“The best days are the first to flee” comes from a work called The Georgics, 2,000 lines of poetry on the subject of agriculture by the great Roman poet Virgil. And it sums up much of Cather’s views on the prairie where she had grown up. She was disturbed when she returned to visit by how things had changed. Every tree that was cut down or replaced pained her. There weren’t, after all, very many trees to start with. The attitude of the succeeding generations disturbed her as well. “‘I’m sure not going to work the way the old man did’ seems to be the slogan of today,” she observed critically. Always a Nebraskan, she followed the goings on in town from afar, taking delivery of the Red Cloud Commercial Advertiser at her New York City apartment. Through it, she kept an eye on the local situation and sent money to family and friends if she read that crops had been bad or some calamity had occurred.
Cather went on to publish many other novels, short stories, and poems. One of them, Death Comes for the Archbishop (1925), does for New Mexico what Cather had done for Nebraska. It tells the stories of Bishop Latour and his partner in the faith, Father Vaillant, whose diocese is based in Santa Fe but whose territory covers the entire West. Both fictional characters are based on real life figures. Using the book, even today one can visit the places Cather described—such as the 367-foot tall rock pillar of ancient Acoma Pueblo, continuously inhabited since 1100, or the miraculous staircase in a Santa Fe church. They are all preserved in the dry desert air. Cather describes how, even as he ages, and loses Father Vaillant, who died winning lost souls in the gold fields of Colorado, the Bishop always awakes in New Mexico “a young man.” The Bishop is a pioneer, just like Cather. He appreciates that a “particular quality in the air of new countries” departs after they are settled and cultivated. “Parts of Texas and Kansas that he had first known as open range,” the Bishop reminisces, “had since been made into rich farming districts, and the air had quite lost that lightness, that dry aromatic odour. The moisture of plowed land, the heaviness of labor and growth and grain-bearing, utterly destroyed it; one could breathe that only on the bright edges of the world, on the great grass plains or the sage-brush desert.”21. Cather, Death Comes for the Archbishop, 273.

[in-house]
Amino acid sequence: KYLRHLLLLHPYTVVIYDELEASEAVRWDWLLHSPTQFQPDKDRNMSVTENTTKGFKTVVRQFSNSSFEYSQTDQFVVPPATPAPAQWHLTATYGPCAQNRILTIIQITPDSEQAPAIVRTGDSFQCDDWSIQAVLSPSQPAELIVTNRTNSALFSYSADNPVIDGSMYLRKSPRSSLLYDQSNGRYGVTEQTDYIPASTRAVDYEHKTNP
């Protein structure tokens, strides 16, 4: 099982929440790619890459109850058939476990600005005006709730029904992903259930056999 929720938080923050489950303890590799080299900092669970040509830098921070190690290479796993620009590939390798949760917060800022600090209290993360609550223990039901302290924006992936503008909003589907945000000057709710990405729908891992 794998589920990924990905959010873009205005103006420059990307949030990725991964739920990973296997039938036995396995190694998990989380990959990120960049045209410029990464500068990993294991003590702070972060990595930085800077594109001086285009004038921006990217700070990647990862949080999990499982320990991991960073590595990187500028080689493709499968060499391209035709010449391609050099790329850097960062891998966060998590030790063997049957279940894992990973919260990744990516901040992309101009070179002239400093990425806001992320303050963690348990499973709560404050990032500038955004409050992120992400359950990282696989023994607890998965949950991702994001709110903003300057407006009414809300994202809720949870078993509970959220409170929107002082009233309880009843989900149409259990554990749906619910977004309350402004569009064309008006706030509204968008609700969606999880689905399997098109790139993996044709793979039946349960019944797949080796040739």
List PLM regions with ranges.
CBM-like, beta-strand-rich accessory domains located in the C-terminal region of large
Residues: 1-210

After many years, in 1915, Cather visited Annie Sadilek Pavelka. That journey also found its way into My Ántonia. It was a bittersweet experience, tinged by regret that she had not visited more often. But in the book, the visit is predominantly joyful, as is Jim Burden’s view of the land:
The old pasture land was now being broken up into wheatfields and cornfields, the red grass was disappearing, and the whole face of the country was changing. There were wooden houses where the old sod dwellings used to be, and little orchards, and big red barns; all this meant happy children, contented women, and men who saw their lives coming to a fortunate issue. The windy springs and the blazing summers, one after another, had enriched and mellowed that flat tableland; all the human effort that had gone into it was coming back in long, sweeping lines of fertility. The changes seemed beautiful and harmonious to me; it was like watching the growth of a great man or of a great idea. I recognized every tree and sandbank and rugged draw. I found that I remembered the conformation of the land as one remembers the modeling of human faces.
After the death of her mother in 1931, Cather never returned to Nebraska. Too much had changed.
In recent years, the Cather Foundation has set aside 609 acres of prairie that it wishes to return to the condition in which Willa Cather found it. The Willa Cather Thematic District includes 26 individually significant sites and four historic districts, in and around Red Cloud and Webster County. The Foundation oversees what it says is the largest historic district devoted to an author in the United States. Though Willa Cather was buried in faraway New Hampshire, her spirit would find it comforting and familiar to alight in Red Cloud today.
“The land belongs to the future…that’s the way it seems to me…I might as well try to will the sunset over there to my brother’s children. We come and go, but the land is always here. And the people who love it and understand it are the people who own it —for a little while.”
— Willa Cather, O Pioneers!, 1913